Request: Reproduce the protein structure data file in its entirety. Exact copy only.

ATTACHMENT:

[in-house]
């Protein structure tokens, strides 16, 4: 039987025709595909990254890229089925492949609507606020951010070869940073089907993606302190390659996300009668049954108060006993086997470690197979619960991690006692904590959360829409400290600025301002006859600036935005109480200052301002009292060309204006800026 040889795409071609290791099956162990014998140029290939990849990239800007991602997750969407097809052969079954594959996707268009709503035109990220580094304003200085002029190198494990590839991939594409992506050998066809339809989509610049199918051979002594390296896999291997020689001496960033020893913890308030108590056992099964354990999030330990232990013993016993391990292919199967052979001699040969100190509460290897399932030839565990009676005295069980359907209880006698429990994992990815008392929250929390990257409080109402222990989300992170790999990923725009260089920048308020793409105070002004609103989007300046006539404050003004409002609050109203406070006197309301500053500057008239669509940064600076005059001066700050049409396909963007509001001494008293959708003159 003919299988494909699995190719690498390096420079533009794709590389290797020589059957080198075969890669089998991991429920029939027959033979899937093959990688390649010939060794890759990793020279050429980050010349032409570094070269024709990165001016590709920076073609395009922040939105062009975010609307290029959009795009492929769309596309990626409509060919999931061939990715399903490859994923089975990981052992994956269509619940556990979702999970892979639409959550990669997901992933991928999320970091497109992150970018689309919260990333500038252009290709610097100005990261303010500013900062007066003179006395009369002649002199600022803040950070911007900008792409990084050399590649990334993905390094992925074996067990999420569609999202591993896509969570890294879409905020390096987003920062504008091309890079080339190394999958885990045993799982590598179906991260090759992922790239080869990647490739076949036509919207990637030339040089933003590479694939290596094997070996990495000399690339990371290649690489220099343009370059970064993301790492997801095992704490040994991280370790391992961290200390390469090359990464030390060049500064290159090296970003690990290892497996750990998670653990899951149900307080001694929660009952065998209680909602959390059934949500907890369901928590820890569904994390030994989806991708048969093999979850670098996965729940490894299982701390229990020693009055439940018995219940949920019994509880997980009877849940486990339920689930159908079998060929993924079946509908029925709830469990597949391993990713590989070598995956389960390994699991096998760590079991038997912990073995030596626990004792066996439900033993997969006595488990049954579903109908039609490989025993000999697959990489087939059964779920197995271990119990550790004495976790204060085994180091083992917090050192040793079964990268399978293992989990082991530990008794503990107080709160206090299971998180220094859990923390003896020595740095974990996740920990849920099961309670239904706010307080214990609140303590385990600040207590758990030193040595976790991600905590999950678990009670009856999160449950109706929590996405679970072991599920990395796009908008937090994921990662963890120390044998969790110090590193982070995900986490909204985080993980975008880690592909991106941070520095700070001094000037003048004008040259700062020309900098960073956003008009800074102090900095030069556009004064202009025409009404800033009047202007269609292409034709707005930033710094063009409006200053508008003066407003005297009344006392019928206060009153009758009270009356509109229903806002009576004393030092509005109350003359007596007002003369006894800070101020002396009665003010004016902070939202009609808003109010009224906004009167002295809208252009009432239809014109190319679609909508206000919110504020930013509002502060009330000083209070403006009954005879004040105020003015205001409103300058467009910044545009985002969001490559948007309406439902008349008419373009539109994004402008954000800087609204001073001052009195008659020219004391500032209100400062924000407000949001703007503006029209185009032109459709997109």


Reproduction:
[in-house]
């Protein structure tokens, strides 16, 4: 039987025709595909990254890229089925492949609507606020951010070869940073089907993606302190390659996300009668049954108060006993086997470690197979619960991690006692904590959360829409400290600025301002006859600036935005109480200052301002009292060309204006800026 040889795409071609290791099956162990014998140029290939990849990239800007991602997750969407097809052969079954594959996707268009709503035109990220580094304003200085002029190198494990590839991939594409992506050998066809339809989509610049199918051979002594390296896999291997020689001496960033020893913890308030108590056992099964354990999030330990232990013993016993391990292919199967052979001699040969100190509460290897399932030839565990009676005295069980359907209880006698429990994992990815008392929250929390990257409080109402222990989300992170790999990923725009260089920048308020793409105070002004609103989007300046006539404050003004409002609050109203406070006197309301500053500057008239669509940064600076005059001066700050049409396909963007509001001494008293959708003159 003919299988494909699995190719690498390096420079533009794709590389290797020589059957080198075969890669089998991991429920029939027959033979899937093959990688390649010939060794890759990793020279050429980050010349032409570094070269024709990165001016590709920076073609395009922040939105062009975010609307290029959009795009492929769309596309990626409509060919999931061939990715399903490859994923089975990981052992994956269509619940556990979702999970892979639409959550990669997901992933991928999320970091497109992150970018689309919260990333500038252009290709610097100005990261303010500013900062007066003179006395009369002649002199600022803040950070911007900008792409990084050399590649990334993905390094992925074996067990999420569609999202591993896509969570890294879409905020390096987003920062504008091309890079080339190394999958885990045993799982590598179906991260090759992922790239080869990647490739076949036509919207990637030339040089933003590479694939290596094997070996990495000399690339990371290649690489220099343009370059970064993301790492997801095992704490040994991280370790391992961290200390390469090359990464030390060049500064290159090296970003690990290892497996750990998670653990899951149900307080001694929660009952065998209680909602959390059934949500907890369901928590820890569904994390030994989806991708048969093999979850670098996965729940490894299982701390229990020693009055439940018995219940949920019994509880997980009877849940486990339920689930159908079998060929993924079946509908029925709830469990597949391993990713590989070598995956389960390994699991096998760590079991038997912990073995030596626990004792066996439900033993997969006595488990049954579903109908039609490989025993000999697959990489087939059964779920197995271990119990550790004495976790204060085994180091083992917090050192040793079964990268399978293992989990082991530990008794503990107080709160206090299971998180220094859990923390003896020595740095974990996740920990849920099961309670239904706010307080214990609140303590385990600040207590758990030193040595976790991600905590999950678990009670009856999160449950109706929590996405679970072991599920990395796009908008937090994921990662963890120390044998969790110090590193982070995900986490909204985080993980975008880690592909991106941070520095700070001094000037003048004008040259700062020309900098960073956003008009800074102090900095030069556009004064202009025409009404800033009047202007269609292409034709707005930033710094063009409006200053508008003066407003005297009344006392019928206060009153009758009270009356509109229903806002009576004393030092509005109350003359007596007002003369006894800070101020002396009665003010004016902070939202009609808003109010009224906004009167002295809208252009009432239809014109190319679609909508206000919110504020930013509002502060009330000083209070403006009954005879004040105020003015205001409103300058467009910044545009985002969001490559948007309406439902008349008419373009539109994004402008954000800087609204001073001052009195008659020219004391500032209100400062924000407000949001703007503006029209185009032109459709997109």